Goaded into action by a post from ilegirl, I thought I’d start a strand about my garden.

Some History.
In 1964 my parents and I moved into this house, it was at the time a council house (social housing) and the garden was the standard sized plot, as wide as the house (30 feet) and about 30 feet long. It faces south, with a hedge of Lawson Cypress on the southern boundary casting shade over much of the plot in the short days of the year, the soil is quite stony and slightly alkaline.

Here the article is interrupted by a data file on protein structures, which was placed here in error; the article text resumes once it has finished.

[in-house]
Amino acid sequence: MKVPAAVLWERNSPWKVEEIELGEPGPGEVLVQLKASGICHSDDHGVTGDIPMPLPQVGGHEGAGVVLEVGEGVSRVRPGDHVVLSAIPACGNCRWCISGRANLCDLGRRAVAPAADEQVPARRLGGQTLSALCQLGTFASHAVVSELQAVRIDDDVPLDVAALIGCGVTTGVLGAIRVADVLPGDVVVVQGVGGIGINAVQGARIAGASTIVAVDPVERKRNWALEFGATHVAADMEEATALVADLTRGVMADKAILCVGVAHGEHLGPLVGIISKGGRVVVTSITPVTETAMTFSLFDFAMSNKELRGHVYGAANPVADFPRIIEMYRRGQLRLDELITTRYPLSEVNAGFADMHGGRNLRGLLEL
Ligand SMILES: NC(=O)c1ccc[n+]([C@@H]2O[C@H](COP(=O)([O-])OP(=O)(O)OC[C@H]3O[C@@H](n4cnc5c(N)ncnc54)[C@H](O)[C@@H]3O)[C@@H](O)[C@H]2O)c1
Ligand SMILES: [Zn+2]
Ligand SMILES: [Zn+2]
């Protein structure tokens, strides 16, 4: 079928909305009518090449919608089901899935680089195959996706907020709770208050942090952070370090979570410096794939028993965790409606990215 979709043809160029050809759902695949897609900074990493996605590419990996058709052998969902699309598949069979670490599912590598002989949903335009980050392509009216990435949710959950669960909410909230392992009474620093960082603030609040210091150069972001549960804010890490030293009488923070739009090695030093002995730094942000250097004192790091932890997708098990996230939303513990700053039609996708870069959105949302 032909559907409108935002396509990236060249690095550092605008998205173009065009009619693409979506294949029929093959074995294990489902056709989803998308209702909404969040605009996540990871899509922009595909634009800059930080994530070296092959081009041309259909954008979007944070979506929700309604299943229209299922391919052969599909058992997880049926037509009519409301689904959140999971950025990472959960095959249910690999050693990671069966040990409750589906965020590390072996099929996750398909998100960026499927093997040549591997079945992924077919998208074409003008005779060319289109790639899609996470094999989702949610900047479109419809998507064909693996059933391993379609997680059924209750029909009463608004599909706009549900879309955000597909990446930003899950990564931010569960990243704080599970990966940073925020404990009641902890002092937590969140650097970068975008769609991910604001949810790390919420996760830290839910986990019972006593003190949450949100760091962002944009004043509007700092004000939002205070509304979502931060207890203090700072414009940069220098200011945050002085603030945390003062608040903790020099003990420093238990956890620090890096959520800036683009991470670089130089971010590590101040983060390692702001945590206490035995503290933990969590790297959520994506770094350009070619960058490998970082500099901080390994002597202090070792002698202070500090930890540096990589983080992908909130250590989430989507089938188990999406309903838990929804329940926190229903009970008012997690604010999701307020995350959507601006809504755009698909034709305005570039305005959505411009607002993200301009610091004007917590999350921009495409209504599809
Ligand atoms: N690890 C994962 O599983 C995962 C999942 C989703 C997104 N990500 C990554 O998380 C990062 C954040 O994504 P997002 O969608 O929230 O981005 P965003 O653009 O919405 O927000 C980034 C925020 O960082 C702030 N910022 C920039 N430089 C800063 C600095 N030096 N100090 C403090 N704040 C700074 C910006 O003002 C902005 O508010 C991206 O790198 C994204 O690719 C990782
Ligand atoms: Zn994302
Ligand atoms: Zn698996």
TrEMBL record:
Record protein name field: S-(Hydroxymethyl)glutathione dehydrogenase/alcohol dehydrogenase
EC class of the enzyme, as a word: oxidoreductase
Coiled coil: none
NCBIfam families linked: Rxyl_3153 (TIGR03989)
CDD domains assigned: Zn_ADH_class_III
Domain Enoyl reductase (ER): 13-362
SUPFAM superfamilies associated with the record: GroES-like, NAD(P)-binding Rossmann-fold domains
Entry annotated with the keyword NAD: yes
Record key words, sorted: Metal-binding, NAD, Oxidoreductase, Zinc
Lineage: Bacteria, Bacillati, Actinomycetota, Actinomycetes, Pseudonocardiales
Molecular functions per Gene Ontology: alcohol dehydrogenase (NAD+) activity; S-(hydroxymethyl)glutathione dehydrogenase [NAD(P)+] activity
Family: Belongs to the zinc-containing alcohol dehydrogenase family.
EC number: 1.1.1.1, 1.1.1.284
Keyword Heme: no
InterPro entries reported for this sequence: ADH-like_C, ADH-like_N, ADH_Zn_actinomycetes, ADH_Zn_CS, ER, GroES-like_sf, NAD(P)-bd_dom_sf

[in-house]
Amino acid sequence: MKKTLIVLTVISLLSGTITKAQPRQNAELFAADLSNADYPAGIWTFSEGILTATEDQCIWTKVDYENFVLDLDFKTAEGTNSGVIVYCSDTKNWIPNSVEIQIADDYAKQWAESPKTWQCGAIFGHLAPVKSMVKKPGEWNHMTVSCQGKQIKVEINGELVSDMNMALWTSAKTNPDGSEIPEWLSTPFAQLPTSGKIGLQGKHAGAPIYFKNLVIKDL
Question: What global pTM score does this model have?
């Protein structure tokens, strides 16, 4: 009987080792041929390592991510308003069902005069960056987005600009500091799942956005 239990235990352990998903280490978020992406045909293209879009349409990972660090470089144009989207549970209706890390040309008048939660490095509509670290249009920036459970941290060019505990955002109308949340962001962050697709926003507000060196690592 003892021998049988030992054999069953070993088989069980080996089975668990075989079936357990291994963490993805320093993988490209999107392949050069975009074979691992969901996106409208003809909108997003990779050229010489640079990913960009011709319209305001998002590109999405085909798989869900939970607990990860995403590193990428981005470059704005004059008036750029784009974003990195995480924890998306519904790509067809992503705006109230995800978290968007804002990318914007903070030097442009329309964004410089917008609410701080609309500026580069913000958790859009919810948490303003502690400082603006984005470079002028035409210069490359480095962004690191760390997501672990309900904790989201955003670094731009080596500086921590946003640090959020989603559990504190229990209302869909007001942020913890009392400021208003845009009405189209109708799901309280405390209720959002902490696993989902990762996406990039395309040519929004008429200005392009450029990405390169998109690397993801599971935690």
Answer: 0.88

The house is at the eastern end of a line of semi-detached properties at the bottom of a cul-de-sac. The properties to our north-east are a block of flats (apartments). In 1964 they were occupied by pensioners, and the architects who drew up the plans for the estate had provided a large plot of land for the pensioners to garden, which ran adjacent to the eastern boundary of our garden. Unfortunately for the planners, the pensioners weren’t interested in working on such a large plot and the first year saw a fine crop of weeds and grasses as high as an elephants eye. Now I am not sure if the council suggested it or my father, but in the winter they moved the fence and we took over that section of the pensioners’ plot that abutted our existing garden, which extended our plot to 30′ x 75′ and gave us two Common Lime trees at the end of the plot. We had moved from my Grandmother’s house in Wraysbury, which had a huge garden, so we all felt more comfortable with this arrangement. It also meant that a small boy had enough room to charge around in, two trees to climb and fall out of, and space to dig trenches resembling the Somme to play those essential war-games of youth. Meanwhile there was sufficient room for my parents to have some big flowerbeds and a vegetable plot (which got extended during the recession of the 1970’s when due to the oil crisis, the three-day week and rampant inflation, things got tight).